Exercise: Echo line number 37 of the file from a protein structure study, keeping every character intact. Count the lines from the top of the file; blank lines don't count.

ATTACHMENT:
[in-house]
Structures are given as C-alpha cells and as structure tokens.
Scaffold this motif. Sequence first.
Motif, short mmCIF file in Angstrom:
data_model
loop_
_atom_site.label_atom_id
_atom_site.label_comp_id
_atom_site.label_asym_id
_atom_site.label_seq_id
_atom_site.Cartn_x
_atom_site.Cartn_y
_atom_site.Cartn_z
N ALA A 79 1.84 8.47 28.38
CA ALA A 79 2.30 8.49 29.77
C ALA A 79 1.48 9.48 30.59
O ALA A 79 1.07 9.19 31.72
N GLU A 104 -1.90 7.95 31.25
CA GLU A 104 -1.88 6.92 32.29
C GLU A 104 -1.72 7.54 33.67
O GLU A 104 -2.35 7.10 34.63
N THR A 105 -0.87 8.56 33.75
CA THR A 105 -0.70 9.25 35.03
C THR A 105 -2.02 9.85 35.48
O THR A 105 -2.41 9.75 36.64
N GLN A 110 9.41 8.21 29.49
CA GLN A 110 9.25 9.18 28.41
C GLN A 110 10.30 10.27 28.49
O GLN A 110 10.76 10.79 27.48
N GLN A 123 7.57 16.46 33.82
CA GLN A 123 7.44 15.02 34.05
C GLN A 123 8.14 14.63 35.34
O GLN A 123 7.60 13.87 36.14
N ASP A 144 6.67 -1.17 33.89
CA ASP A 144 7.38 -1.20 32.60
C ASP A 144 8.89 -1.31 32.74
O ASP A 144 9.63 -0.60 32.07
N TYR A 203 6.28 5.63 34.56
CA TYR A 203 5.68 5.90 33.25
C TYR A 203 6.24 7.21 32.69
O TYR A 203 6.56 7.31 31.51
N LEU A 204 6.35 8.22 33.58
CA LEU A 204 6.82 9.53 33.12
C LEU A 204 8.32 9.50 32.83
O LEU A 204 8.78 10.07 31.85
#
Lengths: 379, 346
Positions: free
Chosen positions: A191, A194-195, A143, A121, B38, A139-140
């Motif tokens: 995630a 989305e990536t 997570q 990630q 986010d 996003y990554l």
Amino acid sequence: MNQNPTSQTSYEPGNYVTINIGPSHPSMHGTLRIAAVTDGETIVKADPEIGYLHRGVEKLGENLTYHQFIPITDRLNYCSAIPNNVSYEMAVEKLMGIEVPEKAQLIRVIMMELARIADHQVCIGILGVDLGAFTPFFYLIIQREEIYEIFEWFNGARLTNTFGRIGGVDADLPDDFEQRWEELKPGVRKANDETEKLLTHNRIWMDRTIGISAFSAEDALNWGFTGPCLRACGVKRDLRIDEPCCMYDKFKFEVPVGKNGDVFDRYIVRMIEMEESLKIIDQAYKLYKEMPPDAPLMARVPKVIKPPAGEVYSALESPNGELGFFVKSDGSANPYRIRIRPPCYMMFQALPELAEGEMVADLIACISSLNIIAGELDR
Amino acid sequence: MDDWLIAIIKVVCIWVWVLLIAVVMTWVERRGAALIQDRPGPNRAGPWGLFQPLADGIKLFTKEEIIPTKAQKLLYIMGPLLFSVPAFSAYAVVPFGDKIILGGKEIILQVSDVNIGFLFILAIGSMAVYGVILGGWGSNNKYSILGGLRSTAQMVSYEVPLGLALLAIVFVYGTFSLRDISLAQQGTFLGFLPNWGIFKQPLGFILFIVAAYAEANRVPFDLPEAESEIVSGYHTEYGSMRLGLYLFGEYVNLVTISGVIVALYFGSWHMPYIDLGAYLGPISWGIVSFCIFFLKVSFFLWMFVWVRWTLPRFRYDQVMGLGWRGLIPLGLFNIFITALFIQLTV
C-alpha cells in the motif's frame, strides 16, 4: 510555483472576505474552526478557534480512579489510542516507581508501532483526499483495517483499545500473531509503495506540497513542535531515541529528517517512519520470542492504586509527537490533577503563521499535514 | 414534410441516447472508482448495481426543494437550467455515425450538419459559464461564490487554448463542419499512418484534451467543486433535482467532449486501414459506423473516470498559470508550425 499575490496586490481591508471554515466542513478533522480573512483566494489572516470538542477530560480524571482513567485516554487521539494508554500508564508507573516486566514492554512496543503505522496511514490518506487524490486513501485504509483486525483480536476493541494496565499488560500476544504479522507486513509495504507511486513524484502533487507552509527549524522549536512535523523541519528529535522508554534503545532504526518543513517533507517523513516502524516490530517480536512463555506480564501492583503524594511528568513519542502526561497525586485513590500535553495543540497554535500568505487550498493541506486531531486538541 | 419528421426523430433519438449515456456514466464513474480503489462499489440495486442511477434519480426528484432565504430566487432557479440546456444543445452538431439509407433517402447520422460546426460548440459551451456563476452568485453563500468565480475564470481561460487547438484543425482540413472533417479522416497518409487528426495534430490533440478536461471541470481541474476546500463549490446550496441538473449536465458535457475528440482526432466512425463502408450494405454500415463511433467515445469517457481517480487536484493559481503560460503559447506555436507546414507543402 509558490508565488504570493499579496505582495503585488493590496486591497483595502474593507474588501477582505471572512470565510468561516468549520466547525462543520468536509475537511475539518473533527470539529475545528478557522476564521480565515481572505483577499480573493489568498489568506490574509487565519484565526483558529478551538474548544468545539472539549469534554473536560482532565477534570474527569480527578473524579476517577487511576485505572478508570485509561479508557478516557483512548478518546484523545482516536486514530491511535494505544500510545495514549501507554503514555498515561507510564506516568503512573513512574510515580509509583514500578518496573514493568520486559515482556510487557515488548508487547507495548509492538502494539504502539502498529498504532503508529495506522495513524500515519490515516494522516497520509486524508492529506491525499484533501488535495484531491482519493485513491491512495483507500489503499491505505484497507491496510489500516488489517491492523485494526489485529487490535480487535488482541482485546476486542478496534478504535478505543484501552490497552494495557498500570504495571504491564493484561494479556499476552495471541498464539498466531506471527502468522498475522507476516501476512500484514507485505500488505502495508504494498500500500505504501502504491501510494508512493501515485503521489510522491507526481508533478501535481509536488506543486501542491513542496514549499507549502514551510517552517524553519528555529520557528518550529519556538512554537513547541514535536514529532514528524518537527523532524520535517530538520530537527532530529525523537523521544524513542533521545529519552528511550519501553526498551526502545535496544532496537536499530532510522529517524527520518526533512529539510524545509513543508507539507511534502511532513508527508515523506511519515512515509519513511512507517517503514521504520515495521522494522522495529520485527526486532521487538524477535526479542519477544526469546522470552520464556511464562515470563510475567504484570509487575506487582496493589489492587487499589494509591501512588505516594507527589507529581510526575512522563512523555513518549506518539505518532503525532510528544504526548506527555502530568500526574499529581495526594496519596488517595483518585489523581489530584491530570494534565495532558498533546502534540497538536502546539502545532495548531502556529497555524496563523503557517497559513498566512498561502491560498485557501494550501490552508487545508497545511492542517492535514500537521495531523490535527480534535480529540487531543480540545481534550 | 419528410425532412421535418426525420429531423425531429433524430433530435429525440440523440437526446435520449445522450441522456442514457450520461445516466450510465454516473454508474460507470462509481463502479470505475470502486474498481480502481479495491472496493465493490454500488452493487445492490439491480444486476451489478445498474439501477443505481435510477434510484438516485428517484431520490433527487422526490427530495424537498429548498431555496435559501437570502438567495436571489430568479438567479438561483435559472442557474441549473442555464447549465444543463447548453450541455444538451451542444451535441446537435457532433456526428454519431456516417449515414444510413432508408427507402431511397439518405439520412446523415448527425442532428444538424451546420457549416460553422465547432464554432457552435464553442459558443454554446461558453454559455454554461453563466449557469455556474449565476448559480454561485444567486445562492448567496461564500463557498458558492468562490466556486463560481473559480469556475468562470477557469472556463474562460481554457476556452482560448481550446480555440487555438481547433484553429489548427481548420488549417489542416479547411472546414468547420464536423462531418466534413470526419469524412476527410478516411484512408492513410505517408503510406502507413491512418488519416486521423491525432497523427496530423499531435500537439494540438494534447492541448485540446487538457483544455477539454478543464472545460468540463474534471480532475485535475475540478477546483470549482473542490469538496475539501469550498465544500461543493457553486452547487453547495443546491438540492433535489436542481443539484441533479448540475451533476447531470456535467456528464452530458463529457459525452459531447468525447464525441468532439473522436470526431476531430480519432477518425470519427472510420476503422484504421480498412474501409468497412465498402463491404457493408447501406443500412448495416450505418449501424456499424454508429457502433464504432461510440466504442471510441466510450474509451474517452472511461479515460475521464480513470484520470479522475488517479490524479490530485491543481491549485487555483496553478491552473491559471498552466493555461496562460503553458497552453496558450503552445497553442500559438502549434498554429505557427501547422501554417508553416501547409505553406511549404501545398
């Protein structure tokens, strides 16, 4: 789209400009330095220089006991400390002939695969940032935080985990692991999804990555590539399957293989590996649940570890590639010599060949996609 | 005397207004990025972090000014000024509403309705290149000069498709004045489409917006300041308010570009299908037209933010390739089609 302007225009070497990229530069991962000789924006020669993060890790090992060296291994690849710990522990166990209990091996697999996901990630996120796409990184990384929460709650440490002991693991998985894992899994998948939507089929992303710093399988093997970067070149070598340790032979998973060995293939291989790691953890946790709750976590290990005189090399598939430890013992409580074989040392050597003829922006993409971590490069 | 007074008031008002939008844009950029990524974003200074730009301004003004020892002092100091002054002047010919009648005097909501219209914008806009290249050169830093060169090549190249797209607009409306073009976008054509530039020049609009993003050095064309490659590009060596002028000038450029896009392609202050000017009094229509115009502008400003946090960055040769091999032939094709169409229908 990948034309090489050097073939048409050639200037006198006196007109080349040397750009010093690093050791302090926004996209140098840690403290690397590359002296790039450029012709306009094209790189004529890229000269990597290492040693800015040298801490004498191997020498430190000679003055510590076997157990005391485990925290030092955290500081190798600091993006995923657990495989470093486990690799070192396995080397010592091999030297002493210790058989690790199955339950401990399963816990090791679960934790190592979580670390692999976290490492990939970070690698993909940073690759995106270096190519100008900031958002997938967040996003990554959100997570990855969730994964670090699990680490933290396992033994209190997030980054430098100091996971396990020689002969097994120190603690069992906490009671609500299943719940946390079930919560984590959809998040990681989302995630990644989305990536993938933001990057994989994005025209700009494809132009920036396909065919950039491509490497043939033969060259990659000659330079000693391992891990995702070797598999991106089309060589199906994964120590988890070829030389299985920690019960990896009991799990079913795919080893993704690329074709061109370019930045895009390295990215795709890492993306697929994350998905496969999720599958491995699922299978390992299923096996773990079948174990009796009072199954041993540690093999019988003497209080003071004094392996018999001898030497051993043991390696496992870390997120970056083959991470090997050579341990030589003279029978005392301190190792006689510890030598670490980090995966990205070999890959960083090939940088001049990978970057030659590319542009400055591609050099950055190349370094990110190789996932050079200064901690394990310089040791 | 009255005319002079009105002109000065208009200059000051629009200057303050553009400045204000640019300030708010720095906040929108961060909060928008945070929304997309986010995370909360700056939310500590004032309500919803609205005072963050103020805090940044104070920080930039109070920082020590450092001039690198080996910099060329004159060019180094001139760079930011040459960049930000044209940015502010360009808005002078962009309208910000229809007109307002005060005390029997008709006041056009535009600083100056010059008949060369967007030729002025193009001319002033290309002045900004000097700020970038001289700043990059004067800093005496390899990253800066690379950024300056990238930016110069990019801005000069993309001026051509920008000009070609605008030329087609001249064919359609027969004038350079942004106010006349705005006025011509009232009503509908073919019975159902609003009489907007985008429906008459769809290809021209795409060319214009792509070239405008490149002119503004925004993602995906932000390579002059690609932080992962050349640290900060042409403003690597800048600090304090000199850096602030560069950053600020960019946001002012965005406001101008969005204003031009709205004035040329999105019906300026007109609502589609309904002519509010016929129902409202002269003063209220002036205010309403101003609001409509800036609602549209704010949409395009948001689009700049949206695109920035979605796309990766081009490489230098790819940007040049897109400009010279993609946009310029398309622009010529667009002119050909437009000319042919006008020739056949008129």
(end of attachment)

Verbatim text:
O ASP A 144 9.63 -0.60 32.07